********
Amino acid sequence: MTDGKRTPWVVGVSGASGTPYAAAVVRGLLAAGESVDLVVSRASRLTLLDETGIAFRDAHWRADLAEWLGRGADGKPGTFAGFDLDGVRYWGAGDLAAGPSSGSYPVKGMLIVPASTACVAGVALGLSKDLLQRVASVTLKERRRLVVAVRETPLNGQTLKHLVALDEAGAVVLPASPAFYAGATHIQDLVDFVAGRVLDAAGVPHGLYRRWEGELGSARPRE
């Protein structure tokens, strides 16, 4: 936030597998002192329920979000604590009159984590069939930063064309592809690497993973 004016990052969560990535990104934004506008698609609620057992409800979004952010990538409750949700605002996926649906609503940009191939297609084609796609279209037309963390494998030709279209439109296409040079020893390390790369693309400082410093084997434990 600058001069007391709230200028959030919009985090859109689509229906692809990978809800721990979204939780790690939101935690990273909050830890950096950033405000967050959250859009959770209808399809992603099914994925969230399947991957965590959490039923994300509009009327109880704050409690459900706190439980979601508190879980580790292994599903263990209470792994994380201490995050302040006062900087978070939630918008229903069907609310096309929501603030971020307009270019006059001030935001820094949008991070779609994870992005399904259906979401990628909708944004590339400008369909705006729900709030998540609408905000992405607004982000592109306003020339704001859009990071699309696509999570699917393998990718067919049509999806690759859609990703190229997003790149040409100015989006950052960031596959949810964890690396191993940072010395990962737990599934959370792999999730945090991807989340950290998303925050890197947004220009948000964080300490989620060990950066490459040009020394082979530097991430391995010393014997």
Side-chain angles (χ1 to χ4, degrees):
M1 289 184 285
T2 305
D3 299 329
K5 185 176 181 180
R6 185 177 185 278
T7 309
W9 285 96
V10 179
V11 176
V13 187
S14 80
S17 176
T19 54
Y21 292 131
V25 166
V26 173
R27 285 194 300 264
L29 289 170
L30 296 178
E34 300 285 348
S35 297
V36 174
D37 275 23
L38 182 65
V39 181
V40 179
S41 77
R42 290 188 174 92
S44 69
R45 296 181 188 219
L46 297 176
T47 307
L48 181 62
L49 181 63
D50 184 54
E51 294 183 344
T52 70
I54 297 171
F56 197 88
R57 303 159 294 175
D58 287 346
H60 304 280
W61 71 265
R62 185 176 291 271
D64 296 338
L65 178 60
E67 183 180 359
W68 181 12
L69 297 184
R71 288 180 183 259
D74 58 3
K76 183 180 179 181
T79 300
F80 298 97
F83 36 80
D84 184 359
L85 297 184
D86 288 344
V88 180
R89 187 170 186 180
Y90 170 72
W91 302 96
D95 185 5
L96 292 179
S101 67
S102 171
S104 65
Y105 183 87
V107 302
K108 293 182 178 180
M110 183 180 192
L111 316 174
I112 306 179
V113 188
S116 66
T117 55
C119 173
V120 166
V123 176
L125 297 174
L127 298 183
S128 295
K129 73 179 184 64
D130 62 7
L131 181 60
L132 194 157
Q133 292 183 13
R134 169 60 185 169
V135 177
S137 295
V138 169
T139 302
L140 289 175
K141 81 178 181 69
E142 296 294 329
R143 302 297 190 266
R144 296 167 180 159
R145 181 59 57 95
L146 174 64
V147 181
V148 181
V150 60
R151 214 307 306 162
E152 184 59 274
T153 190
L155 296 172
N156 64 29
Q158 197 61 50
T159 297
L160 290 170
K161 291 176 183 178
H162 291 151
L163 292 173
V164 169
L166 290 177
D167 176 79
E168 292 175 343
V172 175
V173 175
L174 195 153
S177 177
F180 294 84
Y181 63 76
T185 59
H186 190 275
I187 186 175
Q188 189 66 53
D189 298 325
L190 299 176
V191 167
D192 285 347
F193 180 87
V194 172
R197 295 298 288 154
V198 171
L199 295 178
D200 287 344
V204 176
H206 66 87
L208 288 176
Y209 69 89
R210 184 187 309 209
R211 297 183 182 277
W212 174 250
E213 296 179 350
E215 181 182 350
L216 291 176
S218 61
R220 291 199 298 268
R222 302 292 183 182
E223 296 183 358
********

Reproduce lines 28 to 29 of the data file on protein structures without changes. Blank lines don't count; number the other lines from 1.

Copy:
V39 181
V40 179